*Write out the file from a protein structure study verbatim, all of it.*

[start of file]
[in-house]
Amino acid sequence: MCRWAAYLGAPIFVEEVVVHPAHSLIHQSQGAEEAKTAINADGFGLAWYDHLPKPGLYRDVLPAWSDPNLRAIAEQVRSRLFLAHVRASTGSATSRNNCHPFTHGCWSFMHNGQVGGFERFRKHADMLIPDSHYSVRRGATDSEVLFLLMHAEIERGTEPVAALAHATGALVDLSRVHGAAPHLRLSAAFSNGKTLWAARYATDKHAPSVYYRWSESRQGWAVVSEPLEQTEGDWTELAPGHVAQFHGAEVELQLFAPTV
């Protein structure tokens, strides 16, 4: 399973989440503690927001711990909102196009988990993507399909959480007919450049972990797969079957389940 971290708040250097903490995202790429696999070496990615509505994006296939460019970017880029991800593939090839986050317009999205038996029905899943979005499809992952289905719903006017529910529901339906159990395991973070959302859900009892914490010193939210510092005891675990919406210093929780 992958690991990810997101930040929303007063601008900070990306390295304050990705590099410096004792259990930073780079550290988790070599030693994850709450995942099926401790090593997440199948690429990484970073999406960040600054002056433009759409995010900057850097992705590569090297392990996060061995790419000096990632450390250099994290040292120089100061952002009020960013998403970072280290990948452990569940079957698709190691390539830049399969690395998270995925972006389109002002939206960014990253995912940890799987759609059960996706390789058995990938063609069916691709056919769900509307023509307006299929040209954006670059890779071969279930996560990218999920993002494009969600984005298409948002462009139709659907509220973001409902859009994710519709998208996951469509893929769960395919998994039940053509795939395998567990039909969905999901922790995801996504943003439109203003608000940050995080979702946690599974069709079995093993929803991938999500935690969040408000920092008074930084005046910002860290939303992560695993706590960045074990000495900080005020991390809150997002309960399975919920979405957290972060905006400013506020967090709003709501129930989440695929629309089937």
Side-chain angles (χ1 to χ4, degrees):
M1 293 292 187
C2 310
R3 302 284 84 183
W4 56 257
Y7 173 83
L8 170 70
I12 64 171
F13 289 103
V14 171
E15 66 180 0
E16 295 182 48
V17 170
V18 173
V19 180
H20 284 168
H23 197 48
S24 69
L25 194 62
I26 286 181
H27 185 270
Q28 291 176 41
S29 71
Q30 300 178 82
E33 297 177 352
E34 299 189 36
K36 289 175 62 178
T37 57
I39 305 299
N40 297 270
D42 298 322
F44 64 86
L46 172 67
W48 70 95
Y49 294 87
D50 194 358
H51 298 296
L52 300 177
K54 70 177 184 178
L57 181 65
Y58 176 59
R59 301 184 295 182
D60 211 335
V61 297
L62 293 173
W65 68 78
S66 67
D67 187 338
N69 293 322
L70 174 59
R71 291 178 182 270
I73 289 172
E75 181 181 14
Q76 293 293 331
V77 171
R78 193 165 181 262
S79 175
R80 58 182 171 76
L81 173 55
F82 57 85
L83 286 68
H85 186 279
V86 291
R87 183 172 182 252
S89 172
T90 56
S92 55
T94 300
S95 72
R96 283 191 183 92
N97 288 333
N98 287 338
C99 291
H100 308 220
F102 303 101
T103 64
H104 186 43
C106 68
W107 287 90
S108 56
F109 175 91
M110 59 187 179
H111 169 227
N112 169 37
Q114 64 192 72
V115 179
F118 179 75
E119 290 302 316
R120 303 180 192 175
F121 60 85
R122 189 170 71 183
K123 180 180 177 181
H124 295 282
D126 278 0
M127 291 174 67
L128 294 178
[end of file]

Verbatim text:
[in-house]
Amino acid sequence: MCRWAAYLGAPIFVEEVVVHPAHSLIHQSQGAEEAKTAINADGFGLAWYDHLPKPGLYRDVLPAWSDPNLRAIAEQVRSRLFLAHVRASTGSATSRNNCHPFTHGCWSFMHNGQVGGFERFRKHADMLIPDSHYSVRRGATDSEVLFLLMHAEIERGTEPVAALAHATGALVDLSRVHGAAPHLRLSAAFSNGKTLWAARYATDKHAPSVYYRWSESRQGWAVVSEPLEQTEGDWTELAPGHVAQFHGAEVELQLFAPTV
């Protein structure tokens, strides 16, 4: 399973989440503690927001711990909102196009988990993507399909959480007919450049972990797969079957389940 971290708040250097903490995202790429696999070496990615509505994006296939460019970017880029991800593939090839986050317009999205038996029905899943979005499809992952289905719903006017529910529901339906159990395991973070959302859900009892914490010193939210510092005891675990919406210093929780 992958690991990810997101930040929303007063601008900070990306390295304050990705590099410096004792259990930073780079550290988790070599030693994850709450995942099926401790090593997440199948690429990484970073999406960040600054002056433009759409995010900057850097992705590569090297392990996060061995790419000096990632450390250099994290040292120089100061952002009020960013998403970072280290990948452990569940079957698709190691390539830049399969690395998270995925972006389109002002939206960014990253995912940890799987759609059960996706390789058995990938063609069916691709056919769900509307023509307006299929040209954006670059890779071969279930996560990218999920993002494009969600984005298409948002462009139709659907509220973001409902859009994710519709998208996951469509893929769960395919998994039940053509795939395998567990039909969905999901922790995801996504943003439109203003608000940050995080979702946690599974069709079995093993929803991938999500935690969040408000920092008074930084005046910002860290939303992560695993706590960045074990000495900080005020991390809150997002309960399975919920979405957290972060905006400013506020967090709003709501129930989440695929629309089937």
Side-chain angles (χ1 to χ4, degrees):
M1 293 292 187
C2 310
R3 302 284 84 183
W4 56 257
Y7 173 83
L8 170 70
I12 64 171
F13 289 103
V14 171
E15 66 180 0
E16 295 182 48
V17 170
V18 173
V19 180
H20 284 168
H23 197 48
S24 69
L25 194 62
I26 286 181
H27 185 270
Q28 291 176 41
S29 71
Q30 300 178 82
E33 297 177 352
E34 299 189 36
K36 289 175 62 178
T37 57
I39 305 299
N40 297 270
D42 298 322
F44 64 86
L46 172 67
W48 70 95
Y49 294 87
D50 194 358
H51 298 296
L52 300 177
K54 70 177 184 178
L57 181 65
Y58 176 59
R59 301 184 295 182
D60 211 335
V61 297
L62 293 173
W65 68 78
S66 67
D67 187 338
N69 293 322
L70 174 59
R71 291 178 182 270
I73 289 172
E75 181 181 14
Q76 293 293 331
V77 171
R78 193 165 181 262
S79 175
R80 58 182 171 76
L81 173 55
F82 57 85
L83 286 68
H85 186 279
V86 291
R87 183 172 182 252
S89 172
T90 56
S92 55
T94 300
S95 72
R96 283 191 183 92
N97 288 333
N98 287 338
C99 291
H100 308 220
F102 303 101
T103 64
H104 186 43
C106 68
W107 287 90
S108 56
F109 175 91
M110 59 187 179
H111 169 227
N112 169 37
Q114 64 192 72
V115 179
F118 179 75
E119 290 302 316
R120 303 180 192 175
F121 60 85
R122 189 170 71 183
K123 180 180 177 181
H124 295 282
D126 278 0
M127 291 174 67
L128 294 178